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Sep
01

What the News Isn't Saying about Vaccine-Autism Studies

Author // Sharyl Attkisson

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What the News Isn't Saying about Vaccine-Autism Studies
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When a new study finds no link between vaccines and autism, it instantly makes headlines on TV news and popular media everywhere. It is billed as the final word, “once again” disproving the notion that vaccines could have anything to do with autism. What you don’t learn on the news is the self-interest and financial ties behind the studies. In one recent case, the consulting firm behind the study listed a major vaccine maker among its clients: The Lewin Group.


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That potential conflict of interest was not disclosed in the paper published in the New England Journal of Medicine; the study authors simply declare “The Lewin Group operates with editorial independence.” (As an aside, according to OpenSecrets.org, The Lewin Group’s parent company, UnitedHealth Group, is a key government partner in Obamacare. Its subsidiary QSSI was given the contract to build the federal government’s HealthCare.gov website. One of its top executives and his family are top Obama donors.)

Conflicts of interest alone do not invalidate a study. But they serve as important context in the relentless effort by pharmaceutical interests and their government partners to discredit the many scientists and studies that have found possible vaccine-autism links.


Many Studies Suggest Links

When the popular press, bloggers and medical pundits uncritically promote a study like The Lewin Group’s, it must confound researchers like Lucija Tomljenovic, Catherine DeSoto, Robert Hitlan, Christopher Shaw, Helen Ratajczak, Boyd Haley, Carolyn Gallagher, Melody Goodman, M.I. Kawashti, O.R. Amin, N.G. Rowehy, T. Minami, Laura Hewitson, Brian Lopresti, Carol Stott, Scott Mason, Jaime Tomko, Bernard Rimland, Woody McGinnis, K. Shandley and D.W. Austin.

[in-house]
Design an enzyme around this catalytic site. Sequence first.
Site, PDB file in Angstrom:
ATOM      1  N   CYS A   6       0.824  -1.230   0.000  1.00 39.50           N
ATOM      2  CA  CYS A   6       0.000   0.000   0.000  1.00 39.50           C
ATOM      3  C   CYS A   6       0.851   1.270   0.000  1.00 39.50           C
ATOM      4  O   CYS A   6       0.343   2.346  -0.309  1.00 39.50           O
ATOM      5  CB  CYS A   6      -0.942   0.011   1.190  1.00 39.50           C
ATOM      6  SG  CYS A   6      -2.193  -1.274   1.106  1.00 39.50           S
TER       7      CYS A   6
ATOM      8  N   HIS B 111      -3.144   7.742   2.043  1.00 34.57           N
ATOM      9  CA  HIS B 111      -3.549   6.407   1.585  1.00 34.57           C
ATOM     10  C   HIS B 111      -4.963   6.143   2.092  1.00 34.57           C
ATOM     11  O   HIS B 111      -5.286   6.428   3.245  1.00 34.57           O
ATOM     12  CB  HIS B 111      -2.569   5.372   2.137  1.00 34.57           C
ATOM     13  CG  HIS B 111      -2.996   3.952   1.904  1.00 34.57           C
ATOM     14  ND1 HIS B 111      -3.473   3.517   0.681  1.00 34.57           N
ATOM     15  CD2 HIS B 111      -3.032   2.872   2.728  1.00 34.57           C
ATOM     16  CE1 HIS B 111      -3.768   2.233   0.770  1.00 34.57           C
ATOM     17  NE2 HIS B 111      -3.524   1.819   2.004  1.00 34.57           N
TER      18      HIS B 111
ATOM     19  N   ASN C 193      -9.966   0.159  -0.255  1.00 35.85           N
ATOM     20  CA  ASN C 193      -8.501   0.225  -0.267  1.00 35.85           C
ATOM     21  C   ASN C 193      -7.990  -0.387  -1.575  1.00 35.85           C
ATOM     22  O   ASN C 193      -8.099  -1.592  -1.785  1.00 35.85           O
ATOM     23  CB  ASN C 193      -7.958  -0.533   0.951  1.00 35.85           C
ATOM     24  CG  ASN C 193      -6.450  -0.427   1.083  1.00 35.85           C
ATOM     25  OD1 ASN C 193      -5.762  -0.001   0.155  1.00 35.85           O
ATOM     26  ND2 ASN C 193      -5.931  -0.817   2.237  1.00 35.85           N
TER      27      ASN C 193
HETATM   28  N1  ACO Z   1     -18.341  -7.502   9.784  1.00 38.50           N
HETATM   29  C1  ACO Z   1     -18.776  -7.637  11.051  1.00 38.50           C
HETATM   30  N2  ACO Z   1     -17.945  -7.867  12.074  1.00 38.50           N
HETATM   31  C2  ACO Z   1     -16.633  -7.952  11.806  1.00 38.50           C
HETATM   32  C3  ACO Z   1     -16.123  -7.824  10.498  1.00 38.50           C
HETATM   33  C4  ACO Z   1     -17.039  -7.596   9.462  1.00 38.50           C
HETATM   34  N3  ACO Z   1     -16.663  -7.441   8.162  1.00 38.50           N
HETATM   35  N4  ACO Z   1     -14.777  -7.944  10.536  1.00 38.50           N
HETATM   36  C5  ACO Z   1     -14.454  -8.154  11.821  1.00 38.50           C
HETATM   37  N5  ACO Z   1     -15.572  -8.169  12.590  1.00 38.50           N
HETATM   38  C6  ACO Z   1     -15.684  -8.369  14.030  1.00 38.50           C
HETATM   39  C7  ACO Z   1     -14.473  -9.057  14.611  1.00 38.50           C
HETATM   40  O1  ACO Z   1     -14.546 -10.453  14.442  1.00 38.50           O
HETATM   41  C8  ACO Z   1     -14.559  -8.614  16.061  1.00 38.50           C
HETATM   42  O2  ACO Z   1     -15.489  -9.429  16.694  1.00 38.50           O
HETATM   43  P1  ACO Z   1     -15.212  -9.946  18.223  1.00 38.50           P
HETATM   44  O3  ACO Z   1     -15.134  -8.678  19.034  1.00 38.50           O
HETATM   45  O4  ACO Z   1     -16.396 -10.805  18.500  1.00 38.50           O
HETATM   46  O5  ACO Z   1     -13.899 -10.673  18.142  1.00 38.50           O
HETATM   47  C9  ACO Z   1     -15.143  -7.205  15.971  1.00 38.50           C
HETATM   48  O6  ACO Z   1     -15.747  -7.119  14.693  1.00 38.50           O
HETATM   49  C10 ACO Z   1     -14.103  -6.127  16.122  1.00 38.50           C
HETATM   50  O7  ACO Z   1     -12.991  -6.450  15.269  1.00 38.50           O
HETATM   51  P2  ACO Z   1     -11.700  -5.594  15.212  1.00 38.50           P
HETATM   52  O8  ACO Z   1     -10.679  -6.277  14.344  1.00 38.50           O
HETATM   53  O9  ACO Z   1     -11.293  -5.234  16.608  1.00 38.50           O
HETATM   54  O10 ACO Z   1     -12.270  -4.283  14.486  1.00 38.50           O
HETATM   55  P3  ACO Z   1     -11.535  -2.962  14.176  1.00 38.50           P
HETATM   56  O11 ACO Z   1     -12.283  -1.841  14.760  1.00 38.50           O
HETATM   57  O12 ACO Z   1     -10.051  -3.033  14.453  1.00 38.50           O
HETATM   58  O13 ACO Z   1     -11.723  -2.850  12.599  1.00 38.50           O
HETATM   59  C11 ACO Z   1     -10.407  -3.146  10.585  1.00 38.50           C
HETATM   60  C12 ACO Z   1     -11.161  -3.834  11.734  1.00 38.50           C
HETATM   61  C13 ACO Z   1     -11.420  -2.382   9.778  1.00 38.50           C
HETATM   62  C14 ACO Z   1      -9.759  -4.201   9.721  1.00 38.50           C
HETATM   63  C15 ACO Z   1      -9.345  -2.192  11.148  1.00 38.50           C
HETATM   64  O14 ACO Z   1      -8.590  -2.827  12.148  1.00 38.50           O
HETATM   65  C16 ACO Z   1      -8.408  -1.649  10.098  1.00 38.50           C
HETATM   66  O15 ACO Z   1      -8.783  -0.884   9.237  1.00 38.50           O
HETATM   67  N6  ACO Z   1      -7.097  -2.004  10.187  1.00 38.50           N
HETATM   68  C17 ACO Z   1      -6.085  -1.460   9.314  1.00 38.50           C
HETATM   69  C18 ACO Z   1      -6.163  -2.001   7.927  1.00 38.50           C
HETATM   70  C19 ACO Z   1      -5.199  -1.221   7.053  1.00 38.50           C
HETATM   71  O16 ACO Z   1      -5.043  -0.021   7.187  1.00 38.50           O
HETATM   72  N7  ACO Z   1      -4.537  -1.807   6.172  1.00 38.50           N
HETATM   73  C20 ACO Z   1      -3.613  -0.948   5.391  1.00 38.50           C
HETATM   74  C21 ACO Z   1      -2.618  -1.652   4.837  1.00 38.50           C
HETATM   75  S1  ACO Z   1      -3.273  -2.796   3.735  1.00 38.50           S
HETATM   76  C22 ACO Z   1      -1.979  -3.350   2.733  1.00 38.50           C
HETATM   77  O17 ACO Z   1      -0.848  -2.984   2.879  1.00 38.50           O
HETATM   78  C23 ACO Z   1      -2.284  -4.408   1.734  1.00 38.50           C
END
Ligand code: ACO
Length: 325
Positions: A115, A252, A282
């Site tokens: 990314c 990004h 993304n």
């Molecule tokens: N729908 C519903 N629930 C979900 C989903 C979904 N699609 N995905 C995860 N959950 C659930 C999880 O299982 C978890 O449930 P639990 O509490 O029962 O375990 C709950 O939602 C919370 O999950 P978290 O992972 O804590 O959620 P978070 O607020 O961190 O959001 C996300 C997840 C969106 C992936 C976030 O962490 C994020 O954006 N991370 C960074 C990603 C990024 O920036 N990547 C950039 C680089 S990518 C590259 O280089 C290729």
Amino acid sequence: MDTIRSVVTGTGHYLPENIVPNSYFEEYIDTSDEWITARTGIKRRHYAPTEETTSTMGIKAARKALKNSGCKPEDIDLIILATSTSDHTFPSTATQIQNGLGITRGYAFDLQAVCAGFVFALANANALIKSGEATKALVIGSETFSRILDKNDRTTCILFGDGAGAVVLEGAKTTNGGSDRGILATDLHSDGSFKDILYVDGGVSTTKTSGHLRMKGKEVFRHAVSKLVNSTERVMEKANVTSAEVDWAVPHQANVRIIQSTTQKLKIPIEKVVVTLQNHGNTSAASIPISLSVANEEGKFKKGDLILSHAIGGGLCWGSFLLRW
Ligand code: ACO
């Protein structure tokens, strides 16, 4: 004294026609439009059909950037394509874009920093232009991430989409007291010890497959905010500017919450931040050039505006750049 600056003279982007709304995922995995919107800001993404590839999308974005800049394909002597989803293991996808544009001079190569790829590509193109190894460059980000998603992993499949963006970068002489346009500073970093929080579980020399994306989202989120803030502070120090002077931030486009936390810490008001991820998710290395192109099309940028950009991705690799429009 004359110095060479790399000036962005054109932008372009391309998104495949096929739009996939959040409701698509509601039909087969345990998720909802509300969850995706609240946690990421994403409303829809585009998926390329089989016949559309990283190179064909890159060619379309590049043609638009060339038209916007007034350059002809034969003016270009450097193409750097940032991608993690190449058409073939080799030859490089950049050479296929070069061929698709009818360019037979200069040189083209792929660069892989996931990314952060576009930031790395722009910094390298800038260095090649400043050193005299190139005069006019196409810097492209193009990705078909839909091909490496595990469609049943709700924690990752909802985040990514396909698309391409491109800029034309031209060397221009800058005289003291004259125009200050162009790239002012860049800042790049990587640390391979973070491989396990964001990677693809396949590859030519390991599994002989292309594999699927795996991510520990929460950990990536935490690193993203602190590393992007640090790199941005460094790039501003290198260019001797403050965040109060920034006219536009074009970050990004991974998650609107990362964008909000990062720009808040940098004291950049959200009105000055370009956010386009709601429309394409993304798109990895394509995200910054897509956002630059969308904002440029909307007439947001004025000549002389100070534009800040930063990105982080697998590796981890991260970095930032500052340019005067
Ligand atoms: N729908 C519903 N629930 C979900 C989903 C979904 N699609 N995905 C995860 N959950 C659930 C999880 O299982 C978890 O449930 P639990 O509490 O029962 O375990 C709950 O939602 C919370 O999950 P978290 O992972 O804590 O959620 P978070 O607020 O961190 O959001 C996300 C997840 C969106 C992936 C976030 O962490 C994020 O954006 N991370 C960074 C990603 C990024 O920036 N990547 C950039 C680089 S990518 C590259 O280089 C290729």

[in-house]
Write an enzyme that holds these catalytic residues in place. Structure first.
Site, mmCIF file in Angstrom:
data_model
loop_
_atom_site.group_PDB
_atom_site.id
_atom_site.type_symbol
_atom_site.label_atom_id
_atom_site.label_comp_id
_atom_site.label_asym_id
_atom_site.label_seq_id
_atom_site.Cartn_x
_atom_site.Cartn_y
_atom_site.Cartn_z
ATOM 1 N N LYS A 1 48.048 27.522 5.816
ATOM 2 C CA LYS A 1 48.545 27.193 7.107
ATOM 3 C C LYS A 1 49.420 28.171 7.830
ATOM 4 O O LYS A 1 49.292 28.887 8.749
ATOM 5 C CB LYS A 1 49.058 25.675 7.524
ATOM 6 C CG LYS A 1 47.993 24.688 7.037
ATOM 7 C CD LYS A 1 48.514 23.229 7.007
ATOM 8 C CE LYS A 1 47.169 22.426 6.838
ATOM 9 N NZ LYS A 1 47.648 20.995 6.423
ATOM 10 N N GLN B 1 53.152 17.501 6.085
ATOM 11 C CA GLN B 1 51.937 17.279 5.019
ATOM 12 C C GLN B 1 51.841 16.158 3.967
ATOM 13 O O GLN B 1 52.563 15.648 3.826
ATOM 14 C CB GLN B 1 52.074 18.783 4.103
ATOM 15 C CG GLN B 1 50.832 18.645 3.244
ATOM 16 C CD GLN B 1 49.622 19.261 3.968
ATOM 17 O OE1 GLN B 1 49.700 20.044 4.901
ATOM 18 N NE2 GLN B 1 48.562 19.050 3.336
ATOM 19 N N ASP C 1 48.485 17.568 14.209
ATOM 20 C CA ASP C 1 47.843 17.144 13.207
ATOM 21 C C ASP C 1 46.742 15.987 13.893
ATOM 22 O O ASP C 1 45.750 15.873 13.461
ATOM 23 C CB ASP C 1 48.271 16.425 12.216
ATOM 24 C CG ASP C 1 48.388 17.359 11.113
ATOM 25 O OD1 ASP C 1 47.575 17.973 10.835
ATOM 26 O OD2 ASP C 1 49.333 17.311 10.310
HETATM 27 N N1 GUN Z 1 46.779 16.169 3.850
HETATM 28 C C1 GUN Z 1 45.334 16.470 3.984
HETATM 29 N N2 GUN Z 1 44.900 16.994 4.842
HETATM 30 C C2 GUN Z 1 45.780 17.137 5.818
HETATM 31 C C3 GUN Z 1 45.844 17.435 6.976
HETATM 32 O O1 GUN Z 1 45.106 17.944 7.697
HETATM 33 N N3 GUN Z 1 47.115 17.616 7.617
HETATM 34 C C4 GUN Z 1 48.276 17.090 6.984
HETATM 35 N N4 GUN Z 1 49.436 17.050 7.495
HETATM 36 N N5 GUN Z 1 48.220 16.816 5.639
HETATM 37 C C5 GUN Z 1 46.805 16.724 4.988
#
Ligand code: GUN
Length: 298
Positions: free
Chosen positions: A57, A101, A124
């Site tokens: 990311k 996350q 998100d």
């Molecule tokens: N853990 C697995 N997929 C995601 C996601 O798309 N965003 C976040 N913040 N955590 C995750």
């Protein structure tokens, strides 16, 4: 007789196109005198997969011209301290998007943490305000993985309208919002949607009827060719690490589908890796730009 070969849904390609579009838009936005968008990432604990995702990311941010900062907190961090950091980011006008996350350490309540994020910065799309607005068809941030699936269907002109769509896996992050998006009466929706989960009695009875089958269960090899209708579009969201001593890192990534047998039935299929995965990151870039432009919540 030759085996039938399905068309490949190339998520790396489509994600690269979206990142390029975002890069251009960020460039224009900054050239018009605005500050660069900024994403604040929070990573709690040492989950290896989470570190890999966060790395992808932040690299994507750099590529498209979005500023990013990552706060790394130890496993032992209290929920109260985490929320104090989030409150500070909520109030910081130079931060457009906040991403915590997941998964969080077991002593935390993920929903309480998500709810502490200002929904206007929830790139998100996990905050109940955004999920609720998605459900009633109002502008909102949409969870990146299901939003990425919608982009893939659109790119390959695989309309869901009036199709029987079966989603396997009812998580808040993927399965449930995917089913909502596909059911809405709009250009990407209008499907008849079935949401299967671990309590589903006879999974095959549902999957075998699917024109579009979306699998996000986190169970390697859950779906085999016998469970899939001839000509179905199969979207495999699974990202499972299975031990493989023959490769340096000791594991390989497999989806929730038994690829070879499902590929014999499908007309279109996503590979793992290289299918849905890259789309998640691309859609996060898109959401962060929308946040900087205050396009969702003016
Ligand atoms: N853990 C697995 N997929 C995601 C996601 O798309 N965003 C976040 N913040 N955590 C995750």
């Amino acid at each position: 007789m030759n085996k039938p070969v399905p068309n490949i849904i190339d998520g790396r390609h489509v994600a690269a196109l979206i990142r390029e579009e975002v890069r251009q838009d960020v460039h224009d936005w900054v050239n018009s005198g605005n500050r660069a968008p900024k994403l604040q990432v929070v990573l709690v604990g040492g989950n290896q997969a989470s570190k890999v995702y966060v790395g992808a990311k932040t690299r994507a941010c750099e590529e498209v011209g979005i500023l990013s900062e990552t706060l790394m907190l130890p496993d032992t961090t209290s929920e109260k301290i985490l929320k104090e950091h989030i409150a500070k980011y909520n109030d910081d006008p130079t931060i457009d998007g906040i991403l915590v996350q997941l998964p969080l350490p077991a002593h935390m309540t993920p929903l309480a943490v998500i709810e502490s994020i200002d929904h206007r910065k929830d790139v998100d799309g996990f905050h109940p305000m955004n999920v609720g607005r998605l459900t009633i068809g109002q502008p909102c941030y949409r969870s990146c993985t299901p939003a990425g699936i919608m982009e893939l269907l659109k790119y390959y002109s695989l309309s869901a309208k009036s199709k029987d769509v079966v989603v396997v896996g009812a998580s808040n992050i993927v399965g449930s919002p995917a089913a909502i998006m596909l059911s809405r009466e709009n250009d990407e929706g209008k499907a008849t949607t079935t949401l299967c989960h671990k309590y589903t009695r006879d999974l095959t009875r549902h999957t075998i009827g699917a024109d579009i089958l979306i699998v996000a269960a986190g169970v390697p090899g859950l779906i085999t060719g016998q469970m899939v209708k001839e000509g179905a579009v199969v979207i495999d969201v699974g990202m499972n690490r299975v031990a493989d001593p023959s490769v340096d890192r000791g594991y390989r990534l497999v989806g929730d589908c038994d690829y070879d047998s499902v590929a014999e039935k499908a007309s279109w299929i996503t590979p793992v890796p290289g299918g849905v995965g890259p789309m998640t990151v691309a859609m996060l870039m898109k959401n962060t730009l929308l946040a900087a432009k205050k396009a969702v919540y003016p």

They are just a few of the many scientists whose peerreviewed, published works have found possible links between vaccines and autism. But unlike The Lewin Group’s study, their research has not been endorsed and promoted by the government and, therefore, has not been widely reported in the media. In fact, news reports, blogs and “medical experts” routinely claim no such studies exist.

To be clear: No study to date conclusively proves or disproves a causal link between vaccines and autism and—despite the misreporting—none has claimed to do so. Each typically finds either (a) no association, or (b) a possible association on a narrow vaccine-autism question. Taken as a whole, the research on both sides serves as a body of evidence.


The Astroturf Propaganda Campaign

It’s theoretically possible that all of the studies supporting a possible link between vaccines and autism are wrong. And, if the propagandists are to be believed, each of the researchers is an incompetent crank, quack, nut or fraud (and, of course, “anti-vaccine” for daring to dabble in research that attempts to solve the autism puzzle and leads to vaccine safety issues). The scientists and their research are “controversial,” simply because the propagandists declare them to be.